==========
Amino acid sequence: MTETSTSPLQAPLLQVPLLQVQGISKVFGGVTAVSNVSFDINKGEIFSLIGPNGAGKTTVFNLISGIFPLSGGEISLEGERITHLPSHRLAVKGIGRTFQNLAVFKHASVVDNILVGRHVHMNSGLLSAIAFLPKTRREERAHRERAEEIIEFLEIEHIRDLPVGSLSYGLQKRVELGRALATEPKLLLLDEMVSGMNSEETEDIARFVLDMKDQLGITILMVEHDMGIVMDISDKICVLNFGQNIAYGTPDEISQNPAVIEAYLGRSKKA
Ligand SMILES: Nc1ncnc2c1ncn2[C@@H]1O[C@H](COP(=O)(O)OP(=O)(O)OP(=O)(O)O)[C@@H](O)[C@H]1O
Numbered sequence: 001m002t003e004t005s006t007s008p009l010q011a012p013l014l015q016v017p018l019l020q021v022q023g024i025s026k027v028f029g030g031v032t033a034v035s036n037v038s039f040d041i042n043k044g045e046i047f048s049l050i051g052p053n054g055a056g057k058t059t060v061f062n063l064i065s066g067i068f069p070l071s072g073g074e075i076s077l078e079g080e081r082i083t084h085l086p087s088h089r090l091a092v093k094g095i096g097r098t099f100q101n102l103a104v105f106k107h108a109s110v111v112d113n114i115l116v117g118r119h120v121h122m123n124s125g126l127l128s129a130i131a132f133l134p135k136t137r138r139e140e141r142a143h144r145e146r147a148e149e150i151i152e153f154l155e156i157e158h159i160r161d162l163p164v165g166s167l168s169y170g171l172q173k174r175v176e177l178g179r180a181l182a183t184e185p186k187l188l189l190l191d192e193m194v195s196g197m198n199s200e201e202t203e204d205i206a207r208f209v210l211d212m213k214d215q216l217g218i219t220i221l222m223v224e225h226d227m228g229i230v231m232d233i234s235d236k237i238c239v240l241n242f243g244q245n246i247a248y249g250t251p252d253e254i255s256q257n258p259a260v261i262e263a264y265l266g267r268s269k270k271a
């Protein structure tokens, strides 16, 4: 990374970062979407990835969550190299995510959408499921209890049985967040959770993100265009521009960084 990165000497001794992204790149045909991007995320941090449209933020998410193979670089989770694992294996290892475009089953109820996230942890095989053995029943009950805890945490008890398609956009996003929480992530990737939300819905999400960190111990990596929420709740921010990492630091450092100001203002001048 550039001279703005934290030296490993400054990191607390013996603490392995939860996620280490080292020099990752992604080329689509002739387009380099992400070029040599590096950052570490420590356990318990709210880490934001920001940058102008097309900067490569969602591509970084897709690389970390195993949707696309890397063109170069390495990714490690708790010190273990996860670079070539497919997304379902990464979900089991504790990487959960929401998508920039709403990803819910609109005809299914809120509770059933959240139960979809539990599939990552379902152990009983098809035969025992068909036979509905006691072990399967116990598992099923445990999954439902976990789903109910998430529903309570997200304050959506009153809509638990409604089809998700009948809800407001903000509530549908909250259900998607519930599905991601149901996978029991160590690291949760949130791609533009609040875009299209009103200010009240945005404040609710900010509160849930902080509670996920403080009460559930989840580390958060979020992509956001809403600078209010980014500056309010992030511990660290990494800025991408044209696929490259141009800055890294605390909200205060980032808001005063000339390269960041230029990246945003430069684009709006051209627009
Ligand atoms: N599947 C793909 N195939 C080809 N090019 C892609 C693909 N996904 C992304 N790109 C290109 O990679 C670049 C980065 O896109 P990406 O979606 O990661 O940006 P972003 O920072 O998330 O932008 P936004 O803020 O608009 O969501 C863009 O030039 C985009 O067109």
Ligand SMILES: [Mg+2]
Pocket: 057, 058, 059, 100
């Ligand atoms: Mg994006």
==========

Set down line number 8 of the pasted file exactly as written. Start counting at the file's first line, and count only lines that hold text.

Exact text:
């Ligand atoms: Mg994006």